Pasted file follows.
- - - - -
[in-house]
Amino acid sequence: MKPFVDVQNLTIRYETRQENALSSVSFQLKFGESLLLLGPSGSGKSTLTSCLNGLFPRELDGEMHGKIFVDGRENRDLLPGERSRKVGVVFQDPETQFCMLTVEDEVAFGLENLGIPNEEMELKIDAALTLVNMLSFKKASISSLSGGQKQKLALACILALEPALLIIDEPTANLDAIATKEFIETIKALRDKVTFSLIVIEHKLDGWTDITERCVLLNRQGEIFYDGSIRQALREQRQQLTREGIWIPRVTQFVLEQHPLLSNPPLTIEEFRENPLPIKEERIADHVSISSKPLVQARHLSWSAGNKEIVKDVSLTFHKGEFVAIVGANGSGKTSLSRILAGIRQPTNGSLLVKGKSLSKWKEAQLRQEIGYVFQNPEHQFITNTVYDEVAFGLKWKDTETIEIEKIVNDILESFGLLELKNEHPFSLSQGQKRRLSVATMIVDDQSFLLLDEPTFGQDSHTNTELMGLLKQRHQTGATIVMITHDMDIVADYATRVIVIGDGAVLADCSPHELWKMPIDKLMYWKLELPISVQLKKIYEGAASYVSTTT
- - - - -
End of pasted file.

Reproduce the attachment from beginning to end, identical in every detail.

[in-house]
Amino acid sequence: MKPFVDVQNLTIRYETRQENALSSVSFQLKFGESLLLLGPSGSGKSTLTSCLNGLFPRELDGEMHGKIFVDGRENRDLLPGERSRKVGVVFQDPETQFCMLTVEDEVAFGLENLGIPNEEMELKIDAALTLVNMLSFKKASISSLSGGQKQKLALACILALEPALLIIDEPTANLDAIATKEFIETIKALRDKVTFSLIVIEHKLDGWTDITERCVLLNRQGEIFYDGSIRQALREQRQQLTREGIWIPRVTQFVLEQHPLLSNPPLTIEEFRENPLPIKEERIADHVSISSKPLVQARHLSWSAGNKEIVKDVSLTFHKGEFVAIVGANGSGKTSLSRILAGIRQPTNGSLLVKGKSLSKWKEAQLRQEIGYVFQNPEHQFITNTVYDEVAFGLKWKDTETIEIEKIVNDILESFGLLELKNEHPFSLSQGQKRRLSVATMIVDDQSFLLLDEPTFGQDSHTNTELMGLLKQRHQTGATIVMITHDMDIVADYATRVIVIGDGAVLADCSPHELWKMPIDKLMYWKLELPISVQLKKIYEGAASYVSTTT